As you advance professionally, it's inevitable that you're going to make mistakes. Hopefully, what you learn from them will shape your future for the better.
Bestselling management author and CNBC contributor Suzy Welch learned a crucial lesson as the result of a blunder she made early in her career.
"I was almost fired from my well-paying consulting job just one year out of business school," she tells CNBC Make It.
Welch says she was on her way back from visiting a client in Ohio with her team when she committed an offense that could have potentially put her out of a job.
"We were all good friends inside work and out, my teammates and I," she says. "So, one day, while waiting for our delayed flight home, I decided to entertain everyone with one of my old party tricks — doing impressions."
She mimicked the client's CEO and a few other executives. The routine seemed like a big hit with her coworkers, and at the time, she thought everyone was amused. But when she was called into the VP's office the next morning, she knew that she had bombed.
"He was furious, and let me know that my 'comedy act' was a fireable offense," she said. "He didn't let me go, but he put me on notice."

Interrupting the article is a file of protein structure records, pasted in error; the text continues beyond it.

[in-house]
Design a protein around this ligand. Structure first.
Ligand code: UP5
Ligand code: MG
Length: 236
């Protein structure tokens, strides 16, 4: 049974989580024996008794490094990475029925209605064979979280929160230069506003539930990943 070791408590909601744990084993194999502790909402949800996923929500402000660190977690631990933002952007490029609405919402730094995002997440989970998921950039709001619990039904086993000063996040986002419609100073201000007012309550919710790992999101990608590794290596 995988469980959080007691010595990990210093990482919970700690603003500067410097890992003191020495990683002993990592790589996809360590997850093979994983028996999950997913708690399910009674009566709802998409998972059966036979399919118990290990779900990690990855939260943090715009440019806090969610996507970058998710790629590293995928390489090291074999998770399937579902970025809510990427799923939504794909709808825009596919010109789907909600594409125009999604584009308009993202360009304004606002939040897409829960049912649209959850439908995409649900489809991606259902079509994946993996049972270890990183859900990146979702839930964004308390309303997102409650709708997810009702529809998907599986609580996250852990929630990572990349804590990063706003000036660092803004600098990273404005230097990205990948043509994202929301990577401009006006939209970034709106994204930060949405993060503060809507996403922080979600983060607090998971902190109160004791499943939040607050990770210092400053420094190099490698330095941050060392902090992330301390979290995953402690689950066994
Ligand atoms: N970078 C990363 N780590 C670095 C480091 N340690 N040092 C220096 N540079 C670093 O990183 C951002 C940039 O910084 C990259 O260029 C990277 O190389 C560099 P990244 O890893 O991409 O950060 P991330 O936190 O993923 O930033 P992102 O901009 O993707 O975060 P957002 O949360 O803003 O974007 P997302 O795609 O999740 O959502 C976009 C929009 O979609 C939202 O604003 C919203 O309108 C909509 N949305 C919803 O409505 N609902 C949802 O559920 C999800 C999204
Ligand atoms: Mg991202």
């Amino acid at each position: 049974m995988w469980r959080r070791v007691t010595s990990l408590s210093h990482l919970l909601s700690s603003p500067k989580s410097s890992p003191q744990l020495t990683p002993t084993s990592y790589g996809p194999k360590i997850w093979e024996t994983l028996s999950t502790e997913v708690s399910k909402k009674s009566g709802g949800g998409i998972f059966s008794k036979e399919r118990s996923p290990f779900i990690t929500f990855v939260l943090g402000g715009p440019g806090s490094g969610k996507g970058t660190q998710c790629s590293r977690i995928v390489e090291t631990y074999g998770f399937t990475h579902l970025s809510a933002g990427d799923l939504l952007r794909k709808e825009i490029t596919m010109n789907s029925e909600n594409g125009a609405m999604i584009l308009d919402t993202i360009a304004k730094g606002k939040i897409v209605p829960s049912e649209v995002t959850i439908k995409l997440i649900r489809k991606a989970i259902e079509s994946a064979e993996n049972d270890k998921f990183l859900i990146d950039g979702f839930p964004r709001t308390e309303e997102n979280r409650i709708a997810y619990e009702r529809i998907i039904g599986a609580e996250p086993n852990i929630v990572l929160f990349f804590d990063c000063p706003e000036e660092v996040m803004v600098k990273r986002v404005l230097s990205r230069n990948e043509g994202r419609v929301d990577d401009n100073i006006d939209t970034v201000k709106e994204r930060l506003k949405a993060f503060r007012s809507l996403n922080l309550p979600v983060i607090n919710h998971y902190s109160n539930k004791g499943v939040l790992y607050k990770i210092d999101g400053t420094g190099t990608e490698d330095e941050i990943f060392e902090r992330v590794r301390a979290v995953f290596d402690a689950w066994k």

Welch says that as she was leaving the office, he told her, "Remember Suzy, you don't work for your colleagues. You work for the customer."
She says those words stuck with her and permanently changed her approach to client relationships.
"You go to work each day because of, and thanks to, the people ultimately writing your paycheck — satisfied customers," she says. "He was right. I knew it in my bones."
After the embarrassment of her mistake wore off, Welch says she quickly became a "complete customer zealot."
"Fast forward to when I became a manager, I never missed an opportunity to tell my employees, 'Love the customer like your job depends on it,'" she said. "I'm here to tell you, it does."
Suzy Welch is the co-founder of the Jack Welch Management Institute and a noted business journalist, TV commentator and public speaker.
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